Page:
same day of 1920. The surplus fund was increased out of the profits of
the bank for the year and on December 31, 1920, stood at $14,194,000
as compared with $7,539,000 on December 31, 1919. The surplus fund
is now 102.5 per cent of the subscribed capital stock of the bank.
Federal reserve notes in circulation increased from $242,461,000 on
December 31, 1919, to $272,463,000 on December 31, 1920, an increase
of 12.3 per cent. During the same period Federal reserve bank notes
declined in amount from $11,844,000 to $8,156,000, a decrease of 45.2
per cent.
Earnings, Expenses and Dividends.
The constantly growing demands of its member banks for accommodation during the year, resulting in the heaviest extension of the discount
facility in the bank's history, caused net earnings for the year 1920 to
mount from $5,589,000 in 1919, to $10,108,000, an increase of 80.8 per
cent. These earnings, approximately 145 per cent on the paid-in capital
of the bank, were distributed as follows: dividends were paid at the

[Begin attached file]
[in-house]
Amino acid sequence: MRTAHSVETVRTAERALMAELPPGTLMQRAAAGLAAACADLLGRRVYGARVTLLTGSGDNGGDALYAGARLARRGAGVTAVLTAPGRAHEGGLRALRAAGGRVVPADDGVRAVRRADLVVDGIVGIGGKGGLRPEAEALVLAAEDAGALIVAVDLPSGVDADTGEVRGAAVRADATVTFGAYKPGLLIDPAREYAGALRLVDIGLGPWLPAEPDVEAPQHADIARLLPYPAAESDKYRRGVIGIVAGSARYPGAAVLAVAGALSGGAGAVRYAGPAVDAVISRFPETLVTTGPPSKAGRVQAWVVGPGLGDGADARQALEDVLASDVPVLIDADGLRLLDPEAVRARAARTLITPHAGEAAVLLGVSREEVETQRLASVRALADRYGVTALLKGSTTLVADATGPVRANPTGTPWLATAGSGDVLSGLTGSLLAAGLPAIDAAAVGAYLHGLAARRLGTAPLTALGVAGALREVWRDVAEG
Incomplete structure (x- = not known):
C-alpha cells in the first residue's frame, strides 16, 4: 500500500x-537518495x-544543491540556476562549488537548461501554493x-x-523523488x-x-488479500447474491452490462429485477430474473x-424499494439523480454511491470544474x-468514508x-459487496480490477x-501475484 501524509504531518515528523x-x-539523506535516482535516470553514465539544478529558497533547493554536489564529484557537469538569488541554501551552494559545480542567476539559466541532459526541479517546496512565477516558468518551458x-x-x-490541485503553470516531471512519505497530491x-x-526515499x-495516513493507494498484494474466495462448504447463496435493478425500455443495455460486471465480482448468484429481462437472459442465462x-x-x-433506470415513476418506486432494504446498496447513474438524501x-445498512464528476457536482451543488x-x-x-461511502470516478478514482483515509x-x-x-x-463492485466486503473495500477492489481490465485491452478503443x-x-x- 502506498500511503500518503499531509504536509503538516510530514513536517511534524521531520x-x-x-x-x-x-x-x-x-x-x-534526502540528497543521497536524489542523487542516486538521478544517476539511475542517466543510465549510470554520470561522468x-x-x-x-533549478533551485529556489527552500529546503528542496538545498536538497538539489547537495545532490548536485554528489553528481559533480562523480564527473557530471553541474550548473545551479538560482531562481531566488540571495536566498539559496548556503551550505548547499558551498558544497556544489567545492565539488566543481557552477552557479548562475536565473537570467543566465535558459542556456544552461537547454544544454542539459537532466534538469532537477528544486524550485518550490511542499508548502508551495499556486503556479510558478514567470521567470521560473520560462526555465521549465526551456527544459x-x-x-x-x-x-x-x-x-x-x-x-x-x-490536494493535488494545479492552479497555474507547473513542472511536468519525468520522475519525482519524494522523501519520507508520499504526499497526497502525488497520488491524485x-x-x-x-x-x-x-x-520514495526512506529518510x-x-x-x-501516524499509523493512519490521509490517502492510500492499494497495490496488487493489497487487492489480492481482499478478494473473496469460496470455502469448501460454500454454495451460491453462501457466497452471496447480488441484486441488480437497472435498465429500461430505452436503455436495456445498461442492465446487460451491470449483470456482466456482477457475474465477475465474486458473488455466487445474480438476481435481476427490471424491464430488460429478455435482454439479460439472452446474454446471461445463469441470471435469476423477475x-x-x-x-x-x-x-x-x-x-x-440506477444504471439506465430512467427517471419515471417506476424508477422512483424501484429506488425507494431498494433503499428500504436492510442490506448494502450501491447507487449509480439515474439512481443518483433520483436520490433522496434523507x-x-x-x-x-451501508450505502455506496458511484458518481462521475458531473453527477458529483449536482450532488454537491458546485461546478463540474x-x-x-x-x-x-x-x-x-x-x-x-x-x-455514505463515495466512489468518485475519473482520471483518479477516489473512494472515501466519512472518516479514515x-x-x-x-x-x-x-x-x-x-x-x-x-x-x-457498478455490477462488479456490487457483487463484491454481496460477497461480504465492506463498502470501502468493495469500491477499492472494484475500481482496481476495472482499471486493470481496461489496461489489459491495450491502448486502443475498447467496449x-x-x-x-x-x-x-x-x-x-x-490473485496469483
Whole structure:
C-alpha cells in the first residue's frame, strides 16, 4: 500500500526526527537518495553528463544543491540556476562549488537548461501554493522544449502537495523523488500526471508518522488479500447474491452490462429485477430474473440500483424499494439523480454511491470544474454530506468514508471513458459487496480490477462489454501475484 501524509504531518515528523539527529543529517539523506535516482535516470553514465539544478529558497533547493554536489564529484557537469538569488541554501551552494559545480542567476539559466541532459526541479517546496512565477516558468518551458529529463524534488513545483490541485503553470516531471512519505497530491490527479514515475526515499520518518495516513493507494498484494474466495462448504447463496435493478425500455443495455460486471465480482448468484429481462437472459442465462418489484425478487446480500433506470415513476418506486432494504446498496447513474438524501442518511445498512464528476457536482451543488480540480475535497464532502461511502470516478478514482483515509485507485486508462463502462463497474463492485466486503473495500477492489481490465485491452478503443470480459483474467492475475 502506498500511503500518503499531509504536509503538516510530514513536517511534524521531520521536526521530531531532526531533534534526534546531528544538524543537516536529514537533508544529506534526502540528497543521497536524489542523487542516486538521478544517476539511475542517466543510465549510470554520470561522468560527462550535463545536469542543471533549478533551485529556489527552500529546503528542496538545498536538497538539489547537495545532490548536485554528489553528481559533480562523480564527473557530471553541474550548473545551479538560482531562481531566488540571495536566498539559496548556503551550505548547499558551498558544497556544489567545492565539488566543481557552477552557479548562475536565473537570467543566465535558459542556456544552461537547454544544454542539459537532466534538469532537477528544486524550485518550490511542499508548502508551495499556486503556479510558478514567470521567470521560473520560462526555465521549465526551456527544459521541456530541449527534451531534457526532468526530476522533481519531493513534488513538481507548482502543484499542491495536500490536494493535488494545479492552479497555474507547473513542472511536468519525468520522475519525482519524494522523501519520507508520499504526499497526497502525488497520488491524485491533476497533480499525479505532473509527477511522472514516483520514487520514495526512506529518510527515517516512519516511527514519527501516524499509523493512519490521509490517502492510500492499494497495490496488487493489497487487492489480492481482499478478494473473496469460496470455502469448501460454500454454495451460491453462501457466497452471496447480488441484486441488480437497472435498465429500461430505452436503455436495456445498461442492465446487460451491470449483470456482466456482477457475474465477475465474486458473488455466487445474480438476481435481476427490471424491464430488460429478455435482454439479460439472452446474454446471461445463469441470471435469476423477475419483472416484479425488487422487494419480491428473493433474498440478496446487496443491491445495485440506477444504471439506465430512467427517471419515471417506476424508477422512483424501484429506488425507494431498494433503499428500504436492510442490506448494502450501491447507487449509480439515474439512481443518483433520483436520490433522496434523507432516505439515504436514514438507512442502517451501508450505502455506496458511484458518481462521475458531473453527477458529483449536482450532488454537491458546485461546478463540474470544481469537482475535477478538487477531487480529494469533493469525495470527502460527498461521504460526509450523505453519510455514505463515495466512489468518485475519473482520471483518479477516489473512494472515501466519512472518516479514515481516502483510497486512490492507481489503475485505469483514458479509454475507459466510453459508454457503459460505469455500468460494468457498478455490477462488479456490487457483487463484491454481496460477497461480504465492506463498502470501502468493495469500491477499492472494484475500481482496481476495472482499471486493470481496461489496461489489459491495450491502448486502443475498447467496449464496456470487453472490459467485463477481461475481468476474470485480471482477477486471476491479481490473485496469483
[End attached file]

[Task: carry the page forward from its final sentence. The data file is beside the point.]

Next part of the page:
rate of 6 per cent per annum for the period January 1 to December 31,
1920, amounting to $384,000; $6,654,000 was credited to surplus account
and the sum of $3,069,000 was paid to the Government as a franchise tax.
Table 2 displays in detail the sources of income and items of expense
for the year, together with the distribution of the net earnings of the
year.
DISCOUNT AND INVESTMENT OPERATIONS.
Of a total of 831 member banks on December 31, 1920, 578 or 69.55
per cent had discounted with this bank during the year as compared with
421, or 58.63 per cent during the year ending December 31, 1919, out of
a membership of 718 on December 31, 1919. The total number of discount offerings accepted during the year 1920 was 92,781 aggregating